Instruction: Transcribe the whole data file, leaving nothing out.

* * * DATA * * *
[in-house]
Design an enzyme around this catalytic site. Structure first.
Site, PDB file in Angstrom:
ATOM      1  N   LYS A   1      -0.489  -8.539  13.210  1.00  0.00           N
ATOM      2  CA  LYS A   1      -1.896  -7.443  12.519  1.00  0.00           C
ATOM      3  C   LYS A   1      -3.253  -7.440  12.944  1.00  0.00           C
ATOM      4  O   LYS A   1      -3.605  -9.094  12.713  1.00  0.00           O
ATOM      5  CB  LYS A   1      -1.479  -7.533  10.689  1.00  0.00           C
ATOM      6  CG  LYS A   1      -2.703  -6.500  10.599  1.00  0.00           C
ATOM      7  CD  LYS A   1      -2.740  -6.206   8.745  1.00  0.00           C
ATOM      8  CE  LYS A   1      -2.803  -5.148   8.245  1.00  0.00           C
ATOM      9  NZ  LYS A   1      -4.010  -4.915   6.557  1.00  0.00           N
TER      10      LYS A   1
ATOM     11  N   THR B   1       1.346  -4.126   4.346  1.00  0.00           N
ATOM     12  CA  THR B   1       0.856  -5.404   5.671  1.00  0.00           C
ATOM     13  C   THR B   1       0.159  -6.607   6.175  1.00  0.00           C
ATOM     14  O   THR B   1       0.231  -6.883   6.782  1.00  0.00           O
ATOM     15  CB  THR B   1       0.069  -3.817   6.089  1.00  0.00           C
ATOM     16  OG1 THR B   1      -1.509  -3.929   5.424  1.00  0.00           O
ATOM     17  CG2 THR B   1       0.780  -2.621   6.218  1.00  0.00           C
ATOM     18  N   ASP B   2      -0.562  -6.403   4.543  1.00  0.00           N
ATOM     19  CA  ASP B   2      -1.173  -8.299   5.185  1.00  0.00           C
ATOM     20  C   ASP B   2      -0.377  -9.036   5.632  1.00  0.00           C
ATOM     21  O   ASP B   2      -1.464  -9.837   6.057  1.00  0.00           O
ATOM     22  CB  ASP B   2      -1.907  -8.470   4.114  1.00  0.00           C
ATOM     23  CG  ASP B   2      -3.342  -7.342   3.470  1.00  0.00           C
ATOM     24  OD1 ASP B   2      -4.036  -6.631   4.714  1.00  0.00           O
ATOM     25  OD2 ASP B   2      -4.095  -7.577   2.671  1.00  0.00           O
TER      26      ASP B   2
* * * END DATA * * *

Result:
[in-house]
Design an enzyme around this catalytic site. Structure first.
Site, PDB file in Angstrom:
ATOM      1  N   LYS A   1      -0.489  -8.539  13.210  1.00  0.00           N
ATOM      2  CA  LYS A   1      -1.896  -7.443  12.519  1.00  0.00           C
ATOM      3  C   LYS A   1      -3.253  -7.440  12.944  1.00  0.00           C
ATOM      4  O   LYS A   1      -3.605  -9.094  12.713  1.00  0.00           O
ATOM      5  CB  LYS A   1      -1.479  -7.533  10.689  1.00  0.00           C
ATOM      6  CG  LYS A   1      -2.703  -6.500  10.599  1.00  0.00           C
ATOM      7  CD  LYS A   1      -2.740  -6.206   8.745  1.00  0.00           C
ATOM      8  CE  LYS A   1      -2.803  -5.148   8.245  1.00  0.00           C
ATOM      9  NZ  LYS A   1      -4.010  -4.915   6.557  1.00  0.00           N
TER      10      LYS A   1
ATOM     11  N   THR B   1       1.346  -4.126   4.346  1.00  0.00           N
ATOM     12  CA  THR B   1       0.856  -5.404   5.671  1.00  0.00           C
ATOM     13  C   THR B   1       0.159  -6.607   6.175  1.00  0.00           C
ATOM     14  O   THR B   1       0.231  -6.883   6.782  1.00  0.00           O
ATOM     15  CB  THR B   1       0.069  -3.817   6.089  1.00  0.00           C
ATOM     16  OG1 THR B   1      -1.509  -3.929   5.424  1.00  0.00           O
ATOM     17  CG2 THR B   1       0.780  -2.621   6.218  1.00  0.00           C
ATOM     18  N   ASP B   2      -0.562  -6.403   4.543  1.00  0.00           N
ATOM     19  CA  ASP B   2      -1.173  -8.299   5.185  1.00  0.00           C
ATOM     20  C   ASP B   2      -0.377  -9.036   5.632  1.00  0.00           C
ATOM     21  O   ASP B   2      -1.464  -9.837   6.057  1.00  0.00           O
ATOM     22  CB  ASP B   2      -1.907  -8.470   4.114  1.00  0.00           C
ATOM     23  CG  ASP B   2      -3.342  -7.342   3.470  1.00  0.00           C
ATOM     24  OD1 ASP B   2      -4.036  -6.631   4.714  1.00  0.00           O
ATOM     25  OD2 ASP B   2      -4.095  -7.577   2.671  1.00  0.00           O
TER      26      ASP B   2